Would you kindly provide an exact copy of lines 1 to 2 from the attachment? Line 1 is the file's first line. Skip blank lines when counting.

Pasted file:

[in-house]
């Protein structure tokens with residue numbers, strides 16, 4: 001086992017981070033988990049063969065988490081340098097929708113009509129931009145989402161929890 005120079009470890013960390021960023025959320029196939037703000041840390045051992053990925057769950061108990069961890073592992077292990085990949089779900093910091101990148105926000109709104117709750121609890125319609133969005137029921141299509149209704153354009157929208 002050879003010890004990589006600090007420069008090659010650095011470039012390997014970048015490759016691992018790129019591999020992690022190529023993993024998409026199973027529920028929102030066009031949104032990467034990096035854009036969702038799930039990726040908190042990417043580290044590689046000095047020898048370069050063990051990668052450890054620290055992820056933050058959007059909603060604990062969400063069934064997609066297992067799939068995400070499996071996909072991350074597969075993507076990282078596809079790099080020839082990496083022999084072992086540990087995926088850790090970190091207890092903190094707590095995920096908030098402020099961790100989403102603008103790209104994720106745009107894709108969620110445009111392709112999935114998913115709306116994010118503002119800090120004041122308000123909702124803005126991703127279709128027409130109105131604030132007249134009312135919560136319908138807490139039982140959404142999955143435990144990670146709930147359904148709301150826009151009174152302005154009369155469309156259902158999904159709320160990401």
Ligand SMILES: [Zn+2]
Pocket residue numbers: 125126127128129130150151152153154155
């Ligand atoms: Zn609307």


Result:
[in-house]
């Protein structure tokens with residue numbers, strides 16, 4: 001086992017981070033988990049063969065988490081340098097929708113009509129931009145989402161929890 005120079009470890013960390021960023025959320029196939037703000041840390045051992053990925057769950061108990069961890073592992077292990085990949089779900093910091101990148105926000109709104117709750121609890125319609133969005137029921141299509149209704153354009157929208 002050879003010890004990589006600090007420069008090659010650095011470039012390997014970048015490759016691992018790129019591999020992690022190529023993993024998409026199973027529920028929102030066009031949104032990467034990096035854009036969702038799930039990726040908190042990417043580290044590689046000095047020898048370069050063990051990668052450890054620290055992820056933050058959007059909603060604990062969400063069934064997609066297992067799939068995400070499996071996909072991350074597969075993507076990282078596809079790099080020839082990496083022999084072992086540990087995926088850790090970190091207890092903190094707590095995920096908030098402020099961790100989403102603008103790209104994720106745009107894709108969620110445009111392709112999935114998913115709306116994010118503002119800090120004041122308000123909702124803005126991703127279709128027409130109105131604030132007249134009312135919560136319908138807490139039982140959404142999955143435990144990670146709930147359904148709301150826009151009174152302005154009369155469309156259902158999904159709320160990401």